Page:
I will put my pen to stop with the sage words of Malam Abubakar Imam as he concluded without fear in far way London more than 70 years ago, and spoke with dripping honesty to his brothers from mainly Southern Nigeria, the truth that needed to be told for the betterment of a nation he loved so dearly:

“It is always the same between North and South: neither can tell what it is that the other wants.

Let us not deceive ourselves. If we want unity, the first thing to do is to build the foundations of mutual friendship. Northerners and Southerners must not look down upon each other.”

Malumfashi is a writer living in Kaduna. He can be engaged with on twitter via his handle @sadaoverall

Iron and steel as the economy’s backbone

By Mohammed K. Ajanah

There is no doubt that Nigeria is now at a critical crossroad concerning her economy. Noisy discussions have continued to remind us about the enormous wealth in the country which until now has remained untapped or tapped in an unserious manner. Nigeria is blessed with solid mineral resources which have not been explored in ways that had been anticipated. Iron ore remains one of such sources of national wealth, but yet past administrations did not take full advantage of its rich potentials as a building block for industrialisation.

Structures built for the purpose of extracting and processing Iron Ore are today abandoned with disused, dilapidated buildings and rusty equipment to show for it. I speak specifically about the Nigerian Iron Ore Mining Company (NIOMCO) in Itakpe, and the abandoned Itakpe-Ajaokuta Rail link. These two edifices located in Kogi State now lie in shambles; the sobriquet “Land of Mining”, virtually meaningless. The vision of the rail link was for the steel plant in Ajaokuta to be connected to its supplier of Iron Ore, in Itakpe. A drive past the rail link station reveals that right now that laudable vision is off-track, but I hope not permanently.

My concern for the untapped iron ore resources in Itakpe, Kogi State are written from the perspective that they are located in my State, Kogi, which like many other states suffers from high rates of youth unemployment. Can we imagine what impact the revival of economic and commercial activities would have, if NIOMCO and Ajaokuta Steel Complex also in Kogi State, roll back into life to reignite the dream of Nigeria becoming a force in the global iron and steel sector? The Steel sector is the heartbeat of any national development plan for industrialisation.

This why recent announcements by the Minister of Mines and Steel Development, Dr. Kayode Fayemi, about a new solid mineral policy and his statement that “Nigeria is aiming to hand over the $4.5bn Ajaokuta Steel complex to private operators this year as part of a plan to kick-start its industrial and mining industries” are causing ripples of excitement.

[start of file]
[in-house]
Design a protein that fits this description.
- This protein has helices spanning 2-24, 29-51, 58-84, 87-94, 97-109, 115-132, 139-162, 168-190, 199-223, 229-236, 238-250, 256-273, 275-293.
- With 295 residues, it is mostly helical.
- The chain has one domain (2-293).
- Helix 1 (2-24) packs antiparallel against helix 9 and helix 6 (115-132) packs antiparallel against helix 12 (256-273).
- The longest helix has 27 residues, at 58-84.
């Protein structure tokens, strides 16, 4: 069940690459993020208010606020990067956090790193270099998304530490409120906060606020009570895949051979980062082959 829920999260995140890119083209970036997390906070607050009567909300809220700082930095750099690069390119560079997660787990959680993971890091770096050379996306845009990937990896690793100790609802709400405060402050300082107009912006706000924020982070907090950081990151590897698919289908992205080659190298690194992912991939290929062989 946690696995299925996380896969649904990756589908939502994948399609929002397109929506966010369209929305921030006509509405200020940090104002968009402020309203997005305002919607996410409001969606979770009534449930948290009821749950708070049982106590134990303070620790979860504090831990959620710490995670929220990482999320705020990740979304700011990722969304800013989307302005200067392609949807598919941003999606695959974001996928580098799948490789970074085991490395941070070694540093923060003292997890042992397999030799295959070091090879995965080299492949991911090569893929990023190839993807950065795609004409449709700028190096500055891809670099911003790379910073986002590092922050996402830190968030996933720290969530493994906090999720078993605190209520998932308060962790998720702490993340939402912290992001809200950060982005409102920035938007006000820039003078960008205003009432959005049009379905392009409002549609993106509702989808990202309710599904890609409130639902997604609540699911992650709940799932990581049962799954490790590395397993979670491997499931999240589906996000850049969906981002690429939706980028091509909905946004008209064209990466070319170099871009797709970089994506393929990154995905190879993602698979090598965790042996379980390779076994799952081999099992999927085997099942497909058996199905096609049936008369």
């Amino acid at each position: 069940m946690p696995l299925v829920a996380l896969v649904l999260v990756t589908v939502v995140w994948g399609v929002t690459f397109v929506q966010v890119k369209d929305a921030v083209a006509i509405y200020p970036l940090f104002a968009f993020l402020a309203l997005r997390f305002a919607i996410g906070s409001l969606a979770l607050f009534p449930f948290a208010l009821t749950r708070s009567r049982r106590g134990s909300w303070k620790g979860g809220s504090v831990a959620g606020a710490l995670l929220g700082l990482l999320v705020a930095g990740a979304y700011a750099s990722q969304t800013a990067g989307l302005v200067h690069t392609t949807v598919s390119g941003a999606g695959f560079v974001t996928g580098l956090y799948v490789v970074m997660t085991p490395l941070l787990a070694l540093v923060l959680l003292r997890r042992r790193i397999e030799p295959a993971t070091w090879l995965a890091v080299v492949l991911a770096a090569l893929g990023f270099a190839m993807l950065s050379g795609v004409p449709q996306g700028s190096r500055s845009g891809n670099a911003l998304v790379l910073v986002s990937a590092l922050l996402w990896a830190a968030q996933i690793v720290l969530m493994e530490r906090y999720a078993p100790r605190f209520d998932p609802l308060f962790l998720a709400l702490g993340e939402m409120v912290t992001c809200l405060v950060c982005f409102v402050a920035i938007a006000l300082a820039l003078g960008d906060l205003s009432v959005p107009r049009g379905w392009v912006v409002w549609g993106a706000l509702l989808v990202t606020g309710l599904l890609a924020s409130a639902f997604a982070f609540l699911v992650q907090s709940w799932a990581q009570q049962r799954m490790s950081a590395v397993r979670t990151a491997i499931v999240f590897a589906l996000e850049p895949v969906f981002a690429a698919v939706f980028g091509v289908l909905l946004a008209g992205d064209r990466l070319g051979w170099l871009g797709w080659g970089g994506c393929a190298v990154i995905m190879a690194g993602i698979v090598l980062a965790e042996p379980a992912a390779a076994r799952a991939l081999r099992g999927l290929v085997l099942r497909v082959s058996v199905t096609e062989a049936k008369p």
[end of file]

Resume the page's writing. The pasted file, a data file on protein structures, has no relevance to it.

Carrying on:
What the sector really needs now is for the promises of government to be backed by focused and coherent action. For too long, the sector has been subjected to inaction which has resulted in half- baked privatisation programmes, non-functional steel firms in Aladja,(Delta State), Ajaokuta Kogi State), Jos (Plateau State), Katsina (Katsina State) and Osogbo (Osun State), a weak Iron Ore mining complex and equipment worth millions of Naira left to rot.

Nigeria stands to gain a great deal when her iron and steel sector rumbles back to life. There are plenty of examples of advanced industrial nations who built their power on iron and steel. I quote from an article in the Times of India on the importance of steel and iron industry: “India has large resources of Iron Ore and is the fourth largest producer of steel in the world. Indeed iron and steel are one of the largest industries supporting the country’s economy. At present India produces 65 million tonnes steel but as per the National Steel Policy, the country is expected to raise this production to 180 million tonnes by the year 2020.”

India is a member of the BRICS, the economic block comprising of five major emerging economies of Brazil, Russia, India, China and South Africa. Economic intelligence reports in 2012 declared that the BRIC countries (excluding South Africa) play a dominant role in the global iron and steel industry in terms of reserves, production and consumption. Industry watchers have projected that Nigeria has large reserves of unexplored iron ore and this places her favourably in a position to become a prominent producer of steel. Of course, none of these can be realised if we do not activate certain practical measures and harness our collective political will to develop the nation’s steel sector once and for all.

Painful decisions may have to be made. Nigeria should reduce her steel imports, raise import duties on iron rods etc and embark on becoming a major exporter of various steel products in addition to satisfying local demand.

Nigeria is not short of the relevant natural resources and to all intents and purposes, we expect to sustain the sense of exhilaration from the news that the Minister has mapped out a new solid mineral policy which includes the steel sector. Certainly, the revival of the sector will have multiplier effects on the fledgling automobile industry, push expansion in our rail sector. It will facilitate the exploration of Iron Ore and other solid minerals such as Limestone. In terms of direct and indirect employment, steel is reputed to be the biggest sector for employment. Nigeria’s army of unemployed youths can have hope for jobs and training in new skills.

As a revenue earner, examples abound in other parts of the world in places such as South Korea, reputed to be a “big automative exporter as well as a big steel consumer”. The role steel production plays in the country’s economic growth is well-documented. According to Korea Iron and Steel Association : “ The steel industry is the nation’s key industry with high impact on the inter-industries and has played a crucial role in the economic growth of Korea by steadily providing materials to demand industry such as automobile, shipbuilding and construction”.

There is a global demand for Iron Ore and steel and Nigeria must seize the moment of low oil prices and tap into the steel market for her economic renaissance and diversification.

Ajanah is a member of the House of Representatives representing Adavi/ Okehi Federal Constituency in Kogi State